The idea of Lance Armstrong confessing to doping, as reported on Friday by the New York Times, has triggered mixed reactions.
According to the article, Armstrong will admit to using banned drugs and blood transfusions during his career in exchange for a reduction to his lifetime ban. In August, the US Anti-Doping Agency (USADA) banned him for life and stripped him of all of his results, including seven Tour de France victories.
The 41-year-old Texan always denied doping and sued to protect his name. He gave up his fight before the final USADA decision and, according to the New York Times article, met with officials recently about a confession. The idea is that a confession would limit his ban and allow him to return to competition. Until last summer, he competed in triathlons and running events.
"Who knows what Armstrong's motivation is now, but I hope that when he tells the truth, he tells the whole truth, the whole story and if he feels the need to name names, then do so," British Cycling's president, Brian Cookson told the Telegraph newspaper.
"If he feels the need to give evidence against other people, then do so, but let's not have any false accusations or innuendos. Let's have the full truth, a full disclosure of everything."
Jaimie Fuller founded Change Cycling Now in the wake of the Armstrong scandal to put pressure on cycling's governing body, the UCI. "[Armstrong] is obviously guilty," Fuller said. "[He should tell] the full truth, the complete truth, and not just the convenient parts of the truth. We need to know everything."
Two-time World Champion and Italian national coach, Paolo Bettini asked Armstrong to "spit it out".
"It'd be good for him and for the rest of us... Cycling has to be believable, and a confession by the American would be a chance to clear up everything and start over again," Bettini told La Repubblica newspaper.
"All the evidence points against him. He can't keep just leave the world of cycling behind, I can tell him that as an ex-cyclist."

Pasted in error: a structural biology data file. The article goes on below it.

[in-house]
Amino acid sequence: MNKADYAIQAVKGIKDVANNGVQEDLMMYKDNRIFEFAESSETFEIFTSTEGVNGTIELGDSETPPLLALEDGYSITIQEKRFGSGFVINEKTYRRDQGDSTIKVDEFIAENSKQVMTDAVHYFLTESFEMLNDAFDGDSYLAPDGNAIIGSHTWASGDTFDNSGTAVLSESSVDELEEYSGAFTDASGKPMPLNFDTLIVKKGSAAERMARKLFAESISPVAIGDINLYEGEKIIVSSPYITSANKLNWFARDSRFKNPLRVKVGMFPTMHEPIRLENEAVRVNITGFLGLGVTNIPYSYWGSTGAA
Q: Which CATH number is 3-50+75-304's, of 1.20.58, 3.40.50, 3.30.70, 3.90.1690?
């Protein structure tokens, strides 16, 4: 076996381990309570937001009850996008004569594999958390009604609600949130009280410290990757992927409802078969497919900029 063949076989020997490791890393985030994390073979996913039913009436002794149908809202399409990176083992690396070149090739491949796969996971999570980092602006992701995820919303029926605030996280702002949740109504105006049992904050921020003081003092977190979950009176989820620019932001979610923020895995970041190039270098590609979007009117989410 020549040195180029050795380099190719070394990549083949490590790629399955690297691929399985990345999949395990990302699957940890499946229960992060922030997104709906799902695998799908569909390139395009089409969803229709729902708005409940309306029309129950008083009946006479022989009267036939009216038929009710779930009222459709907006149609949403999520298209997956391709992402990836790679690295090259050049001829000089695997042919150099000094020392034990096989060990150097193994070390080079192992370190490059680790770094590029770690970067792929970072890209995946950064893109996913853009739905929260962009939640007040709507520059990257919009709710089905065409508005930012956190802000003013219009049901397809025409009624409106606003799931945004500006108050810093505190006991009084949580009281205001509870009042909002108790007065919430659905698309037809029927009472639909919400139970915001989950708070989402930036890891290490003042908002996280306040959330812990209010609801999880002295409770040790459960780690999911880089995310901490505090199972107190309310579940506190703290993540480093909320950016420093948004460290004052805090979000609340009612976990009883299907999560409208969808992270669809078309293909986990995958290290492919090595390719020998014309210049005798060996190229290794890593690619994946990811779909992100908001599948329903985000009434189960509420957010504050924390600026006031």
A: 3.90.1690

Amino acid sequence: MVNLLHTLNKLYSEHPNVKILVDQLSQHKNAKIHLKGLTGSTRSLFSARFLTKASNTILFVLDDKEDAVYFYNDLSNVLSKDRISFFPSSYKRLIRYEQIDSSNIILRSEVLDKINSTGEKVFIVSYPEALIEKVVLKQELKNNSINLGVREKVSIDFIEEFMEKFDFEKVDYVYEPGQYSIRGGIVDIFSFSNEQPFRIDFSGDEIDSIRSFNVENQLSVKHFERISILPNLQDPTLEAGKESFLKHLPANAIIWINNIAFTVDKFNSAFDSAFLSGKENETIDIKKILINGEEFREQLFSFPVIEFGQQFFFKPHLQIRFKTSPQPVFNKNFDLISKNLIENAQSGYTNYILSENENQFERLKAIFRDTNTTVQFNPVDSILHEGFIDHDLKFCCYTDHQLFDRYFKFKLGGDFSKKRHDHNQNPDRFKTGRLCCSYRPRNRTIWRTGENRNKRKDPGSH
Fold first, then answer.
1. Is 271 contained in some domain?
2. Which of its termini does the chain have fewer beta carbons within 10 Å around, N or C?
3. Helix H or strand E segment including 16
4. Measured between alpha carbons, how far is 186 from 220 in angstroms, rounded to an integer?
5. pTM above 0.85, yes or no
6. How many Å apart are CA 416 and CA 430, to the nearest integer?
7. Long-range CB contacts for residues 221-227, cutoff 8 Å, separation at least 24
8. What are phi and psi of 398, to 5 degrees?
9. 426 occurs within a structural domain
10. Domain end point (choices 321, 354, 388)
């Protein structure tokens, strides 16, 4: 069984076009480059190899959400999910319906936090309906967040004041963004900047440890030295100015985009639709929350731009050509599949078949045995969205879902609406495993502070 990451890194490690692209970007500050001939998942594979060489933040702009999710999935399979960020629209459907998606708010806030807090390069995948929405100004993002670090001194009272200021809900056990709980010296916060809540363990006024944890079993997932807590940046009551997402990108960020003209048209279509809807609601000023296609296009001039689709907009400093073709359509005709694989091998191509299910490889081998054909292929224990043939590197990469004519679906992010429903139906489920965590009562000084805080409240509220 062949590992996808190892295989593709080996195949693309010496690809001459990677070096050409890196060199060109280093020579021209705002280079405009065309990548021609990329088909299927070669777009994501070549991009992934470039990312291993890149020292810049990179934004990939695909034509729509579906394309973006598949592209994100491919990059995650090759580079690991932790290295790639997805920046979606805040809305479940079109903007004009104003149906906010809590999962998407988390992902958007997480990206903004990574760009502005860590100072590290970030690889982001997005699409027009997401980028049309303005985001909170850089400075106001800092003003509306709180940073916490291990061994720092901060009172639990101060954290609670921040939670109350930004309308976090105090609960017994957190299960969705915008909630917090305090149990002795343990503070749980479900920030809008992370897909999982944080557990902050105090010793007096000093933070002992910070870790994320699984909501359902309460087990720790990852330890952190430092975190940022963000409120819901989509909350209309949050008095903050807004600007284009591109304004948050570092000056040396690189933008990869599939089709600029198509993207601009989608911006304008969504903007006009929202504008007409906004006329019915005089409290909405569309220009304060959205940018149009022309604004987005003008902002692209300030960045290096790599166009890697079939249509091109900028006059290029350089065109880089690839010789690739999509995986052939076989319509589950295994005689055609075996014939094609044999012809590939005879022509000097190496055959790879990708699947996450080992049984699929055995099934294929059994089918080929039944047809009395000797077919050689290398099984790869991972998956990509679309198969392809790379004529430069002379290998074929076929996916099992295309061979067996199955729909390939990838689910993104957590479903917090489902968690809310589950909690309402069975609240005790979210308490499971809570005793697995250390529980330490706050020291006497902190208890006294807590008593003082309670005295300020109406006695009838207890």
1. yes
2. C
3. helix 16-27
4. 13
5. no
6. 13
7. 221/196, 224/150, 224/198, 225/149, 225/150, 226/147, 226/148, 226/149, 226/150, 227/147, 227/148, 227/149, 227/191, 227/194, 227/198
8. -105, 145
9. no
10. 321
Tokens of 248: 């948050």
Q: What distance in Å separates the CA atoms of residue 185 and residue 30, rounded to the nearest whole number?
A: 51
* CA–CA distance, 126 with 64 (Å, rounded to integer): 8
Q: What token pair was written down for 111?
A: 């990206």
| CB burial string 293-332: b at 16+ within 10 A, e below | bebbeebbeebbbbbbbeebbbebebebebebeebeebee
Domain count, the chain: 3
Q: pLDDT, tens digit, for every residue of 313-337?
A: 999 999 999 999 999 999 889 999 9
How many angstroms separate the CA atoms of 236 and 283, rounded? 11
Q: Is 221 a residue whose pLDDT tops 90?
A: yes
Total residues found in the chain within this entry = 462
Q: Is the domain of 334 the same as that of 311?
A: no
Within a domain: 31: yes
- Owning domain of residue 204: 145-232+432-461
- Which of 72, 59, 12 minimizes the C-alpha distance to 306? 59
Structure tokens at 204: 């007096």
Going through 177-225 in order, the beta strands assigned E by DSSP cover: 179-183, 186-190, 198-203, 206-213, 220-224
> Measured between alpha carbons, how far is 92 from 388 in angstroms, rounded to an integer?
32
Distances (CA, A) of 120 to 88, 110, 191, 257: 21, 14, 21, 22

Betsy Andreu, wife of former team-mate Frankie Andreu, testified in the SCA Promotions case that Armstrong admitted to EPO use during cancer treatment. She remains an outspoken critic of Armstrong, saying a confession would be worthless.
"Does he think people are completely stupid?" Andreu told the New York Daily News.
"This guy is like a Mafia don. Will he apologise to all the people who wouldn't lie for him? Will he compensate people for costing them jobs and businesses? How do you put a price on lost opportunities?
"Will he pay Christophe [Bassons] millions of dollars for forcing him out of the sport? Will he compensate Greg LeMond for ruining his bicycle business? Will he apologize to Emma [O'Reilly] for calling her a prostitute? Forgiving doesn't mean being a doormat.
"If people give this guy another chance, then people are dumb."
According to the New York Times, Armstrong has spoken to USADA CEO Travis Tygart and attempted to speak with the World Anti-Doping Agency (WADA). Tygart would not comment and WADA Director General David Howman explained that he has not heard from Armstrong.
"I would be open to any discussions. Never say never," Howman told ESPN. "I'm prepared to listen to anybody."
Comment: Don't get too excited about an Armstrong confession
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Gregor Brown is an experienced cycling journalist, based in Florence, Italy. He has covered races all over the world for over a decade - following the Giro, Tour de France, and every major race since 2006. His love of cycling began with freestyle and BMX, before the 1998 Tour de France led him to a deep appreciation of the road racing season.
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